Midlife Career Change: A Guide for Finding Your New Career Path

Common Obstacles to Changing Careers

It may seem unrealistic to even hint at a midlife career change. But if you are unhappy with your job, stagnant, and/or not seeing things going anywhere for you, this change could be just what you need. Working in one career for so long may make you feel trapped; you may not even know what you are looking for in a new job, may not possess the skills or degree to get the job you want, and may be worried about your financial security if they do make a career change.

This uncertainty and fear of the unknown can cause a lack of confidence — making it even tougher to get started on a midlife career change. It may help to know that you can overcome the following common obstacles when changing careers:

  • Skills and Experience: If you feel like you have worked toward one career for too long, only honing the skills needed to perform your current job well, all is not lost. Chances are that you have transferable skills that will apply to your prospective career. Understanding these skills will be critical in knowing which skills and experience you will need to improve on. But do not dwell here either; gaining the skills and expertise you need to change your career can be achieved as well. Consider volunteering for organizations in the industry you are looking to break into, and/or finding a mentor to show you the ropes. If you do not have the time to do either of these things, there are ways to find jobs for middle-aged people that require no experience or degree.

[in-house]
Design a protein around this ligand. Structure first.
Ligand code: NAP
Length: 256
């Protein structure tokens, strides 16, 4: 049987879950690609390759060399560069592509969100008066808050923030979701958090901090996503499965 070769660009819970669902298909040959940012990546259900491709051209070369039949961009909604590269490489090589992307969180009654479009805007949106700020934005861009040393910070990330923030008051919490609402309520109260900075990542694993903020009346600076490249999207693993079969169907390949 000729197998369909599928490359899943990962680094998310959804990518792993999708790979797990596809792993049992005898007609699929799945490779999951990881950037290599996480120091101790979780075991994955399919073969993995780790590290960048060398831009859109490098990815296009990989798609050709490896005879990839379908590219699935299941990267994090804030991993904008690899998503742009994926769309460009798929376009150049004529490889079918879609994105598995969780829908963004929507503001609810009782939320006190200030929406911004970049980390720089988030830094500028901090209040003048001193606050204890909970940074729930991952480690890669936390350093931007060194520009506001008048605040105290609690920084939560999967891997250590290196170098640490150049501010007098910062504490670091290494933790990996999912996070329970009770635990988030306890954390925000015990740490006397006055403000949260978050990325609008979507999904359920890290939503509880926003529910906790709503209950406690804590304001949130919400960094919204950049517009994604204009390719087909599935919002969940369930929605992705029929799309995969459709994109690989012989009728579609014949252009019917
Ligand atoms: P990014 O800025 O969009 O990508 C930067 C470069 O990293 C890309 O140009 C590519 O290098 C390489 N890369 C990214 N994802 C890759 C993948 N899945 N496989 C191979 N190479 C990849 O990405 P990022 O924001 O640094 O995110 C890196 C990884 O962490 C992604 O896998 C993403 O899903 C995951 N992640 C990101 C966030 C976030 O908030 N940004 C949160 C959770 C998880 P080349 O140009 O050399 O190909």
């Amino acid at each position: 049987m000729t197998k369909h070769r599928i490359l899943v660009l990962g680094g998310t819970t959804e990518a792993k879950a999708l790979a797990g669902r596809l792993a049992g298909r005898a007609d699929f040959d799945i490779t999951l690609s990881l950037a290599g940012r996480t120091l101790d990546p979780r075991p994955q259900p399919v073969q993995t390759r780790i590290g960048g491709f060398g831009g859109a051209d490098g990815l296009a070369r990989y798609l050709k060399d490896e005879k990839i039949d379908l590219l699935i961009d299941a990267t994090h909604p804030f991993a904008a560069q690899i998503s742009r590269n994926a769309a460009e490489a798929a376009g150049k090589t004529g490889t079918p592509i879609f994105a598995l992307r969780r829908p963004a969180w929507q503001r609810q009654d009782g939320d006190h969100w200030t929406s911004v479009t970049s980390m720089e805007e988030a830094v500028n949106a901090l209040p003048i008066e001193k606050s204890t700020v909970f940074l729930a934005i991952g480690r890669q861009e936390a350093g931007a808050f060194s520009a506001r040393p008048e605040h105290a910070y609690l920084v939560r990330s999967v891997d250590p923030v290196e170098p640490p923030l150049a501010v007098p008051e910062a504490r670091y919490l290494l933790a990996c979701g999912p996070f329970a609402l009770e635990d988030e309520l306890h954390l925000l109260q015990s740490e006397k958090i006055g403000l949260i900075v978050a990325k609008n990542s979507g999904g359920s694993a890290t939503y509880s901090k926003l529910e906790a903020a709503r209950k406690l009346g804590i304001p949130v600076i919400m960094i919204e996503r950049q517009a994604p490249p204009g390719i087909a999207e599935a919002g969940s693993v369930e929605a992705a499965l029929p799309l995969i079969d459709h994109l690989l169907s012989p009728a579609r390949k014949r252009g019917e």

• Uncertainty. The fear of the unknown can make you want to stay safe in your current job. You may not know how you’ll do in your new career, and you may not even know how to get your foot in the door. It helps immensely to do your research about your future career. Check out industry leaders and trends, talk to people who are in the position you would like to be in, and get a feel for how competitive your new field is. The more informed you are about the landscape of your new industry, the better prepared you’ll feel about making the career change. Becoming familiar with your new career can also make things less overwhelming. If you know exactly how to achieve your goal, you can break things down into smaller, manageable accomplishments — rather than just jumping blindly into the deep end.
  • Fear of Getting Out There. In today’s world, and especially in certain fields of work, you’ll have to introduce yourself, rub elbows with, and reach out to those in the industry. You may not like to hear it, but this will involve social media and networking. Networking doesn’t have to be a pain if done correctly and can get your face in front of potential employers. For instance, you can use LinkedIn to connect with business leaders and more — as well as for learning about industry trends, opening positions, and increasing your professional knowledge. You may also be more likely to land a job if a business or employer has seen your face and knows a bit about you, as opposed to someone they don’t know anything about.